Archives of Microbiology

, Volume 137, Issue 1, pp 3–9 | Cite as

Gluconate catabolism in cowpea rhizobia: evidence for a ketogluconate pathway

  • Mark D. Stowers
  • Gerald H. Elkan
Original Papers


Enzymatic and radiorespirometric analysis of several strains of cowpea rhizobia revealed the presence of key enzymes of the Entner-Doudoroff (ED) pathway with the operation of the hexose cycle for the dissimilation of gluconate. These bacteria lack the oxidative pentose phosphate (PP) pathway when grown on gluconate. Gluconate-grown cells possessed an operational tricarboxylic acid (TAC) cycle. Enzymes of an ancillary pathway, the ketogluconate (KG) pathway for gluconate catabolism were detected. The presence of this pathway was confirmed by techniques of thin-layer chromatography and radiorespirometry.

Key words

Rhizobium-Rhizobium sp. 32H1-cowpea rhizobia Gluconate catabolism Ketogluconate pathway 



Entner Doudoroff


pentose phosphate






tricarboxylic acid






Unable to display preview. Download preview PDF.

Unable to display preview. Download preview PDF.


  1. Datta AG, Katznelson H (1957) Oxidation of 2,5-diketogluconate by a cell-free enzyme preparation from Acetobacter melanogeum. Nature (Lond) 179:153–154Google Scholar
  2. Duncan MJ, Fraenkel DG (1979) α-Ketoglutarate dehydrogenase mutant of Rhizobium meliloti. J Bacteriol 137:415–419Google Scholar
  3. Eagon RG, Wang CH (1962) Dissimilation of glucose and gluconic acid by Pseudomonas hatrigens. J Bacteriol 83:879–886Google Scholar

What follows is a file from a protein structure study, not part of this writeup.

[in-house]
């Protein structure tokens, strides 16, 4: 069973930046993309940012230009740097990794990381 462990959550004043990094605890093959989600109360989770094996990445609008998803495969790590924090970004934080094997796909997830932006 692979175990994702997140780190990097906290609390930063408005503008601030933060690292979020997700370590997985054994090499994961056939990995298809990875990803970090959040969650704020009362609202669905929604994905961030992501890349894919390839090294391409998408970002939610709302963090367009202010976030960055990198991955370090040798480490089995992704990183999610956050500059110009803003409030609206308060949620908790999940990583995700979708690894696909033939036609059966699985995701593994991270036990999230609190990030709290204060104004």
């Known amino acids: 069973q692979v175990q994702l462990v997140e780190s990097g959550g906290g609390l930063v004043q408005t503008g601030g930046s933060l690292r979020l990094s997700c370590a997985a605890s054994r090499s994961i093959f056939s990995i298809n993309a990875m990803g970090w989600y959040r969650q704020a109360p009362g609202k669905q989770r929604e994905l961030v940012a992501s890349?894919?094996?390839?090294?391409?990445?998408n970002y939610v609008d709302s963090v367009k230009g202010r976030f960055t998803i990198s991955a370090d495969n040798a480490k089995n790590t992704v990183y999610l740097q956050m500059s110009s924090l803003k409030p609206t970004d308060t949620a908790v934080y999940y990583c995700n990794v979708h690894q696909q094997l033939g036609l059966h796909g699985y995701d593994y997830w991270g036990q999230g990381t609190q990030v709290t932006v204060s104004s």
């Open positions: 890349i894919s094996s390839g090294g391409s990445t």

4. Eisenberg RC, Dobrogosz WJ (1967) Gluconate metabolism in Escherichia coli. J Bacteriol 93:941–949Google Scholar
  5. Goddard JL, Sokatch JR (1964) 2-Ketogluconate fermentation by Streptococcus faecalis. J Bacteriol 87:884–851Google Scholar
  6. Gossele F, Swings J, De Ley J (1980) A rapid, simple and simultaneous detection of 2-keto, 5-keto- and 2,5-diketogluconic acids by thin-layer chromatography in culture media of acetic acid bacteria. Zentbl Bakt Hyg, I. Abt. Orig. C-1:178–181Google Scholar
  7. Hollis AB, Kloos WE, Elkan GH (1981) DNA:DNA hybridization studies of Rhizobium japonicum and related Rhizobiaceae. J Gen Microbiol 123:215–222Google Scholar
  8. Hollman S (1964) Transformation of the primary reaction products of glucose. In: Hollman S (ed) Nonglycolytic pathways of metabolism of glucose. Academic Press, In. New York, pp 17–21Google Scholar
  9. Jensen HL (1942) Nitrogen fixation in leguminous plants. I. General characteristics of root nodule bacteria isolated from species of Medicago and Trifolium in Australia. Proc Linn Soc NSW 66:98–108Google Scholar
  10. Jordan DC (1962) The bacteroids of the genus Rhizobium. Bacteriol Rev 26:119–141Google Scholar
  11. Katznelson H (1955) Production of pyruvate from 6-phosphogluconate by bacterial plant pathogens and legume bacteria. Nature (Lond) 175:551–552Google Scholar
  12. Katznelson H, Zagallo A (1957) Metabolism of rhizobia in relation to effectiveness. Can J Microbiol 3:879–884Google Scholar
  13. Katznelson HD, Tannebaum SW, Tatum EL (1953) Glucose, gluconate, and 2-ketogluconate oxidation by Acetobacter melanogeum. J Biol Chem 204:43–59Google Scholar
  14. Keele BB, Hamilton PB, Elkan GH (1969) Glucose catabolism in Rhizobium japonicum. J Bacteriol 97:1184–1191Google Scholar
  15. Keele BB, Hamilton PB, Elkan GH (1970) Gluconate catabolism in Rhizobium japonicum. J Bacteriol 101:698–704Google Scholar